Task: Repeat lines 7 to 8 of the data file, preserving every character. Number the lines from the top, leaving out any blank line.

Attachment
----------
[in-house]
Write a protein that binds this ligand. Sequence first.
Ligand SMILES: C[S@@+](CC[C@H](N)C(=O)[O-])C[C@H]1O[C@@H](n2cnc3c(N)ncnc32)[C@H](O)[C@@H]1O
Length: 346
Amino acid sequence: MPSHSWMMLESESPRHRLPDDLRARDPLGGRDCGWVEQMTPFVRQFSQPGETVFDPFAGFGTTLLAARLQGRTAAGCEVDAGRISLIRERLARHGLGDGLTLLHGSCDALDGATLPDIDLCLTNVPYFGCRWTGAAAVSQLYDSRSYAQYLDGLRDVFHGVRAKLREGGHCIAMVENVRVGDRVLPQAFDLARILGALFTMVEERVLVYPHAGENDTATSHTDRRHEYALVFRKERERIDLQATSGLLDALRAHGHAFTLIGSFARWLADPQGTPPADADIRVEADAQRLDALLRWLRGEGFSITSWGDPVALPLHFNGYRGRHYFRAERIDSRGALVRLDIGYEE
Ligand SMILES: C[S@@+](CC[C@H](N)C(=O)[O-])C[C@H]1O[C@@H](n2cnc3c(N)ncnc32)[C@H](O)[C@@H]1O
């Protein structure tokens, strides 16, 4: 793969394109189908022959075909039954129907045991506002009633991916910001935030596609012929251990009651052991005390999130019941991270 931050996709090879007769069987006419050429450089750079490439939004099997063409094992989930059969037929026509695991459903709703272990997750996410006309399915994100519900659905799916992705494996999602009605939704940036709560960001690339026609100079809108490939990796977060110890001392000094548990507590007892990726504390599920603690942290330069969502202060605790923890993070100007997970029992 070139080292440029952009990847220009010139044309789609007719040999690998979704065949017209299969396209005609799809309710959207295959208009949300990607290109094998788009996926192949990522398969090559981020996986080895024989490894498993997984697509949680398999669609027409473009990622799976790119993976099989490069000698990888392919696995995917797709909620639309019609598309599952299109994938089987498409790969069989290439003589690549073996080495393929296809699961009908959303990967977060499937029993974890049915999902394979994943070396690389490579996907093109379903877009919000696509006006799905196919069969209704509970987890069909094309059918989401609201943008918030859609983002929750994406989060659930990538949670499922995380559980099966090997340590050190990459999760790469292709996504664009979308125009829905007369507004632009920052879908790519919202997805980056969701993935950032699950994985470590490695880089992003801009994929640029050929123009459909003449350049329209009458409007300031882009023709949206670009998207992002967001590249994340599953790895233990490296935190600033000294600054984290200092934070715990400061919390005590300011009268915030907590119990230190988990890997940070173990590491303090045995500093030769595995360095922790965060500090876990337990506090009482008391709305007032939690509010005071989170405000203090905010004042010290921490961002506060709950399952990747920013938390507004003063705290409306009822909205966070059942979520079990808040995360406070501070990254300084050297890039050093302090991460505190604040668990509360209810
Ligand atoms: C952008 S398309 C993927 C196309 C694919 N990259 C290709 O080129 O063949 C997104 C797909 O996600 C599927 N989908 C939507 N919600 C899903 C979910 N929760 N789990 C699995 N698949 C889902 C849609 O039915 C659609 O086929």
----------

């Protein structure tokens, strides 16, 4: 793969394109189908022959075909039954129907045991506002009633991916910001935030596609012929251990009651052991005390999130019941991270 931050996709090879007769069987006419050429450089750079490439939004099997063409094992989930059969037929026509695991459903709703272990997750996410006309399915994100519900659905799916992705494996999602009605939704940036709560960001690339026609100079809108490939990796977060110890001392000094548990507590007892990726504390599920603690942290330069969502202060605790923890993070100007997970029992 070139080292440029952009990847220009010139044309789609007719040999690998979704065949017209299969396209005609799809309710959207295959208009949300990607290109094998788009996926192949990522398969090559981020996986080895024989490894498993997984697509949680398999669609027409473009990622799976790119993976099989490069000698990888392919696995995917797709909620639309019609598309599952299109994938089987498409790969069989290439003589690549073996080495393929296809699961009908959303990967977060499937029993974890049915999902394979994943070396690389490579996907093109379903877009919000696509006006799905196919069969209704509970987890069909094309059918989401609201943008918030859609983002929750994406989060659930990538949670499922995380559980099966090997340590050190990459999760790469292709996504664009979308125009829905007369507004632009920052879908790519919202997805980056969701993935950032699950994985470590490695880089992003801009994929640029050929123009459909003449350049329209009458409007300031882009023709949206670009998207992002967001590249994340599953790895233990490296935190600033000294600054984290200092934070715990400061919390005590300011009268915030907590119990230190988990890997940070173990590491303090045995500093030769595995360095922790965060500090876990337990506090009482008391709305007032939690509010005071989170405000203090905010004042010290921490961002506060709950399952990747920013938390507004003063705290409306009822909205966070059942979520079990808040995360406070501070990254300084050297890039050093302090991460505190604040668990509360209810
Ligand atoms: C952008 S398309 C993927 C196309 C694919 N990259 C290709 O080129 O063949 C997104 C797909 O996600 C599927 N989908 C939507 N919600 C899903 C979910 N929760 N789990 C699995 N698949 C889902 C849609 O039915 C659609 O086929």